Some foods may actually reduce how well your body absorbs the antibiotics you’re taking. When in doubt, studies have found that foods with enriched calcium levels (like your favorite milk, or milk alternative) and grapefruit may actually reduce how effective your antibiotics are.
Trust us, it’s better to be cautious about these foods so that you don’t have to extend your antibiotic regimen longer than normal.
But with the right tips and the right preventative action, you can reduce the risk of GI symptoms from antibiotics and get back to the life you deserve - free from discomfort, bloating, or gas. And certainly free from infection!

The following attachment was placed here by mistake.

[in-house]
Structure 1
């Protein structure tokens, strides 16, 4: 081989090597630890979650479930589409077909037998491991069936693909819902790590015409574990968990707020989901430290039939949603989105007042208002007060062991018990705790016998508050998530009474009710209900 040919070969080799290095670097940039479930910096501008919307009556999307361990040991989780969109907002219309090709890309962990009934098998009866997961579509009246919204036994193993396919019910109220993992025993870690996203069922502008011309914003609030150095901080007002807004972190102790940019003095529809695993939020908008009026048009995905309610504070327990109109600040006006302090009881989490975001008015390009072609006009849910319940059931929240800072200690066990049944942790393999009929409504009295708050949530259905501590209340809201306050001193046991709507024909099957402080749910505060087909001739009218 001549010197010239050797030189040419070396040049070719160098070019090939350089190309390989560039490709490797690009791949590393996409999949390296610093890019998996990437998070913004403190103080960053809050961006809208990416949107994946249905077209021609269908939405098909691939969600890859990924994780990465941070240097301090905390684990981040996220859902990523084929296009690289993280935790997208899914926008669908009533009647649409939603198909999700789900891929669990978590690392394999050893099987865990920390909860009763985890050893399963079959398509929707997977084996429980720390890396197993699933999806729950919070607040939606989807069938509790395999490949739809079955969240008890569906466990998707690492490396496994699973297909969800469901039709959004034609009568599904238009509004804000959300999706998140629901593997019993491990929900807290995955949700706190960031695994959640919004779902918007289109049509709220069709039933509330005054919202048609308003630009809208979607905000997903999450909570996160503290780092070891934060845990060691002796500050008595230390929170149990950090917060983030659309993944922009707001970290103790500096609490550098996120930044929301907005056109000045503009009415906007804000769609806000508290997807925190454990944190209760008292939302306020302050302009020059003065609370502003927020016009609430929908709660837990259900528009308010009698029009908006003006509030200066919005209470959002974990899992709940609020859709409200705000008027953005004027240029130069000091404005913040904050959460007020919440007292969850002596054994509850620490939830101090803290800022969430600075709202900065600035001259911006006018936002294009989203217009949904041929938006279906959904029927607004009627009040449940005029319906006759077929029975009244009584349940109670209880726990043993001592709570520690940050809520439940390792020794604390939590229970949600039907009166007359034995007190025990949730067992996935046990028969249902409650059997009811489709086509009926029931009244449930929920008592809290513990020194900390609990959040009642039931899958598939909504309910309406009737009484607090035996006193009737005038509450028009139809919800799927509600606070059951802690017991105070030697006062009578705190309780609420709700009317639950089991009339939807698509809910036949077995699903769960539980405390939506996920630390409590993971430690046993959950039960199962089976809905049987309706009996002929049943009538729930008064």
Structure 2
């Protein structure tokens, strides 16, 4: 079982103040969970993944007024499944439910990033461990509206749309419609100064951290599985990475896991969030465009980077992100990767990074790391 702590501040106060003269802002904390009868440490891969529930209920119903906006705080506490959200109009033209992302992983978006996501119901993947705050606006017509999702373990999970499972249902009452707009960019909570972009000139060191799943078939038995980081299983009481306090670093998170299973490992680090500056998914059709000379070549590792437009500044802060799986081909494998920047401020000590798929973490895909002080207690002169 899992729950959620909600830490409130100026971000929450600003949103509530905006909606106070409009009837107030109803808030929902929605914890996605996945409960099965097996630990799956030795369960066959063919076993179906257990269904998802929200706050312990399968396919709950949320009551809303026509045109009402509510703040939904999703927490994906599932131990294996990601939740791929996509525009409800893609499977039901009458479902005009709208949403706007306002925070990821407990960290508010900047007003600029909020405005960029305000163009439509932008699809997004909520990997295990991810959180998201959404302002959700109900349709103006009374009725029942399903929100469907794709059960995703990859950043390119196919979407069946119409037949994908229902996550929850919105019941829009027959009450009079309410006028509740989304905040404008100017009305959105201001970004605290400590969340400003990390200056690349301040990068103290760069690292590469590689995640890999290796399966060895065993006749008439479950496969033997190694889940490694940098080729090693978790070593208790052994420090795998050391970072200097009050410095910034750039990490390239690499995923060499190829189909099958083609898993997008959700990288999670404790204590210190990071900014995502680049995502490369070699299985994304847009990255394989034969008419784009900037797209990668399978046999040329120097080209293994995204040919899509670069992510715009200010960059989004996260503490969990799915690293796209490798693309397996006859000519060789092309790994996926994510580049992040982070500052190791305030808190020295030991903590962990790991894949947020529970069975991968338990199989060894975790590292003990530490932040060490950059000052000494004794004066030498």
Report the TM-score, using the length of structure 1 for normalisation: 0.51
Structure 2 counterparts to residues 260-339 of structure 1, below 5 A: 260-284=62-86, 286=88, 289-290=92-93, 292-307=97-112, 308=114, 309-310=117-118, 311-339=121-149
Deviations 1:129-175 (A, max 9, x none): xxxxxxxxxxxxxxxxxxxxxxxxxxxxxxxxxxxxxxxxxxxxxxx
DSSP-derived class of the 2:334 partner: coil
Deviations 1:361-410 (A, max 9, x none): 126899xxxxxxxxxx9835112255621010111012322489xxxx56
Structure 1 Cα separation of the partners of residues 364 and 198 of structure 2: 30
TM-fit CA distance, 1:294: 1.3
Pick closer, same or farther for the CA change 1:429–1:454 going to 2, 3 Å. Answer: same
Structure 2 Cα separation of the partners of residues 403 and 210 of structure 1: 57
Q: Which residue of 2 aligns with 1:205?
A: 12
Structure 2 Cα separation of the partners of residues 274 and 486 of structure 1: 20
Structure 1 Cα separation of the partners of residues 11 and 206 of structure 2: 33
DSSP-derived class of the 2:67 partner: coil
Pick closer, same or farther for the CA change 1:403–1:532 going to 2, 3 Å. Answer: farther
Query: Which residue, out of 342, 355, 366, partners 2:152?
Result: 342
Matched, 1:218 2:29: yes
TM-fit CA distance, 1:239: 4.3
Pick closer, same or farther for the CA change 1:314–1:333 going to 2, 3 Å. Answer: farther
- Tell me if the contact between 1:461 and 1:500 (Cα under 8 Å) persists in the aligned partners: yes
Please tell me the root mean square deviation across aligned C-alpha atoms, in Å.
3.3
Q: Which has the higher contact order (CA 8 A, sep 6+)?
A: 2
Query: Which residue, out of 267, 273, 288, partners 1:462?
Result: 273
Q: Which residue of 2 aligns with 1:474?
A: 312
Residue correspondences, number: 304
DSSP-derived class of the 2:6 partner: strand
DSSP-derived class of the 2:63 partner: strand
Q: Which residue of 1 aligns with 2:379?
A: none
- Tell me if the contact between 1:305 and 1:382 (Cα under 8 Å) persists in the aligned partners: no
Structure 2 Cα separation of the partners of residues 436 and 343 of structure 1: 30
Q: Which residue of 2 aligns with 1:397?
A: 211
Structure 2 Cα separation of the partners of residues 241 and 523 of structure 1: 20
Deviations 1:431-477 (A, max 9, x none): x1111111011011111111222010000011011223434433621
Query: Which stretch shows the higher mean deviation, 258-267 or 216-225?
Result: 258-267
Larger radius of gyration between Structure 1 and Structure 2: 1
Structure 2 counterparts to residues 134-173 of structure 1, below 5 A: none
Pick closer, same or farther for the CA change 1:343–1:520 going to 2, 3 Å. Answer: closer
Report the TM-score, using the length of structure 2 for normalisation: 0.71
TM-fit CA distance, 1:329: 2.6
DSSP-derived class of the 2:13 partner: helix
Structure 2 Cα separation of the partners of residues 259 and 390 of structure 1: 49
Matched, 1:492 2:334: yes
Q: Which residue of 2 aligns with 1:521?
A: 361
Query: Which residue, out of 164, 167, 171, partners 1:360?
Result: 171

The information on the Viome website is provided for informational purposes only and with the understanding that Viome is not engaged in rendering medical advice or recommendations. Viome provides this educational information to share the exciting developments being reported in the scientific literature about the human microbiome and your health. Viome products are not intended to diagnose, treat, or prevent any disease.
These statements have not been evaluated by the Food and Drug Administration. This product is not intended to diagnose, treat, cure, or prevent any disease.